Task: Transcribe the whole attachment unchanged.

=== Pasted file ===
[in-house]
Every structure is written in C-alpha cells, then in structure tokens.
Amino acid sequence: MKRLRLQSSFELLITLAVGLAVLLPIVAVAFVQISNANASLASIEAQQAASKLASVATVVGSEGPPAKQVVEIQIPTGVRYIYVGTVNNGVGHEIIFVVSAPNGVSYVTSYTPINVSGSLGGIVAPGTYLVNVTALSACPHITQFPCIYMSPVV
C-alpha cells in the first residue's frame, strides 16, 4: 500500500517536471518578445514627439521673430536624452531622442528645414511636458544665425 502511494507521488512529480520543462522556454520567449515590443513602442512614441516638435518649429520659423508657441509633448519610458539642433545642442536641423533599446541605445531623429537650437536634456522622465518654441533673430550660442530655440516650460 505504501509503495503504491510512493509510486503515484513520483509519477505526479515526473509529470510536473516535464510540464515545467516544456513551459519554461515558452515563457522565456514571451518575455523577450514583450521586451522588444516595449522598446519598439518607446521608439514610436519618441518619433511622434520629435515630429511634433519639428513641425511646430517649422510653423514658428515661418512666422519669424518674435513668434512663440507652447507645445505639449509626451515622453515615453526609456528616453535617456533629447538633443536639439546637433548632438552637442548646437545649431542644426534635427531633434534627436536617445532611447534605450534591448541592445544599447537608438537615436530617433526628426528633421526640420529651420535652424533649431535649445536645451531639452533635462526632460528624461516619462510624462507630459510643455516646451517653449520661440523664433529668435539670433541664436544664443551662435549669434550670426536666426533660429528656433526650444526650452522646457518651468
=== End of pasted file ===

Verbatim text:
[in-house]
Every structure is written in C-alpha cells, then in structure tokens.
Amino acid sequence: MKRLRLQSSFELLITLAVGLAVLLPIVAVAFVQISNANASLASIEAQQAASKLASVATVVGSEGPPAKQVVEIQIPTGVRYIYVGTVNNGVGHEIIFVVSAPNGVSYVTSYTPINVSGSLGGIVAPGTYLVNVTALSACPHITQFPCIYMSPVV
C-alpha cells in the first residue's frame, strides 16, 4: 500500500517536471518578445514627439521673430536624452531622442528645414511636458544665425 502511494507521488512529480520543462522556454520567449515590443513602442512614441516638435518649429520659423508657441509633448519610458539642433545642442536641423533599446541605445531623429537650437536634456522622465518654441533673430550660442530655440516650460 505504501509503495503504491510512493509510486503515484513520483509519477505526479515526473509529470510536473516535464510540464515545467516544456513551459519554461515558452515563457522565456514571451518575455523577450514583450521586451522588444516595449522598446519598439518607446521608439514610436519618441518619433511622434520629435515630429511634433519639428513641425511646430517649422510653423514658428515661418512666422519669424518674435513668434512663440507652447507645445505639449509626451515622453515615453526609456528616453535617456533629447538633443536639439546637433548632438552637442548646437545649431542644426534635427531633434534627436536617445532611447534605450534591448541592445544599447537608438537615436530617433526628426528633421526640420529651420535652424533649431535649445536645451531639452533635462526632460528624461516619462510624462507630459510643455516646451517653449520661440523664433529668435539670433541664436544664443551662435549669434550670426536666426533660429528656433526650444526650452522646457518651468